You went to college in California and I didn’t come with you, causing you to lose your muse—not me, but another woman, frog-eyed, lips pinched like Cupid’s bow, and breasts. Breasty breasts. A nonsensical muse on Valium. She couldn’t cure your headaches, but she could tolerate the darkness, the hours of black-eyed yelling.
She visited only once in the fall, waiting until after the tantric week ended to tell you that it was over. She already had a new boyfriend. And though neither of you believe that cheating is cheating exactly, she never came back.
No biofeedback, no shots. You were alone with your headaches, the loud boom of your brain growing between your ears. Your roommates eventually reported you and when campus security arrived, you were on the balcony screaming about Satan, a vacuum raised above your head. You threw it at them, plastic shattering below.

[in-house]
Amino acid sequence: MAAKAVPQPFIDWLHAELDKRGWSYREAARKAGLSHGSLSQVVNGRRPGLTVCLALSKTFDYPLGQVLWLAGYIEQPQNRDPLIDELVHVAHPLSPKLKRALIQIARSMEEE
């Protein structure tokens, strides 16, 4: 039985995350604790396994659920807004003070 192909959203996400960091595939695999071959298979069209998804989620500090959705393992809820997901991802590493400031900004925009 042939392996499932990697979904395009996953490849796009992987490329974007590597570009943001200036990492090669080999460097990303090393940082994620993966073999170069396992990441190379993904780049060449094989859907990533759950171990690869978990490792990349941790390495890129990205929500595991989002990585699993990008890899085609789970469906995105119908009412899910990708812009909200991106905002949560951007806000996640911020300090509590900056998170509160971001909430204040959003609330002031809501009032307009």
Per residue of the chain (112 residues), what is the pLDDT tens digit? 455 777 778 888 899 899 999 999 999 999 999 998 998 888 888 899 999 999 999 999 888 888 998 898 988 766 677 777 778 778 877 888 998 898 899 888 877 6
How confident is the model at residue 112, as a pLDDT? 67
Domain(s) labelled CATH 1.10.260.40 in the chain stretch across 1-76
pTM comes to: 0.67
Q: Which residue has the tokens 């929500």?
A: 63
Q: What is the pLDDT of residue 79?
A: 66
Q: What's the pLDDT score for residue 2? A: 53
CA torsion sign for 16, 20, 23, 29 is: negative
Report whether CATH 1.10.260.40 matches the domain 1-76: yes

Later, the school records misquoted you—the report claims that you were angered by satin.
Genevieve Betts’ work has appeared in The Bakery, Cricket Online Review, Poetry Quarterly, NANO Fiction, and in other journals and anthologies. She received her MFA from Arizona State University and currently teaches creative writing for Arcadia University’s low-residency MFA program. She lives in Brooklyn with her husband and sons.